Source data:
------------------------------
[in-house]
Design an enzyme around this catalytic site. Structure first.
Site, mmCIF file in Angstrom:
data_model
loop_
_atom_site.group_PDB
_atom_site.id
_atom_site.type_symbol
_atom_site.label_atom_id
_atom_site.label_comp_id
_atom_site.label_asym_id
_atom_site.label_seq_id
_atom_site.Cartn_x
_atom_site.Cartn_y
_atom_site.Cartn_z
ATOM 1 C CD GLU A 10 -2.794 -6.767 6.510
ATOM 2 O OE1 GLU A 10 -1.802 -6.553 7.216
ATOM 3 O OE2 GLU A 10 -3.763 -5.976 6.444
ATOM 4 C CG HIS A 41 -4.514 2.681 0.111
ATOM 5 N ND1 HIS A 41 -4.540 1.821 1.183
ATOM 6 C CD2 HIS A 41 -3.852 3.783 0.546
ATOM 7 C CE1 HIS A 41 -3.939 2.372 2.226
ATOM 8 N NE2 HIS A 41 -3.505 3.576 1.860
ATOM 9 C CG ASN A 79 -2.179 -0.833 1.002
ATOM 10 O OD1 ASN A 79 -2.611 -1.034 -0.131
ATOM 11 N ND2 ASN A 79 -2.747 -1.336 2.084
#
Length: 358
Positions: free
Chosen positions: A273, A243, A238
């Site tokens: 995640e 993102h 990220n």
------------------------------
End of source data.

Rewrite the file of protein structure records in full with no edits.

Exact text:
[in-house]
Design an enzyme around this catalytic site. Structure first.
Site, mmCIF file in Angstrom:
data_model
loop_
_atom_site.group_PDB
_atom_site.id
_atom_site.type_symbol
_atom_site.label_atom_id
_atom_site.label_comp_id
_atom_site.label_asym_id
_atom_site.label_seq_id
_atom_site.Cartn_x
_atom_site.Cartn_y
_atom_site.Cartn_z
ATOM 1 C CD GLU A 10 -2.794 -6.767 6.510
ATOM 2 O OE1 GLU A 10 -1.802 -6.553 7.216
ATOM 3 O OE2 GLU A 10 -3.763 -5.976 6.444
ATOM 4 C CG HIS A 41 -4.514 2.681 0.111
ATOM 5 N ND1 HIS A 41 -4.540 1.821 1.183
ATOM 6 C CD2 HIS A 41 -3.852 3.783 0.546
ATOM 7 C CE1 HIS A 41 -3.939 2.372 2.226
ATOM 8 N NE2 HIS A 41 -3.505 3.576 1.860
ATOM 9 C CG ASN A 79 -2.179 -0.833 1.002
ATOM 10 O OD1 ASN A 79 -2.611 -1.034 -0.131
ATOM 11 N ND2 ASN A 79 -2.747 -1.336 2.084
#
Length: 358
Positions: free
Chosen positions: A273, A243, A238
């Site tokens: 995640e 993102h 990220n």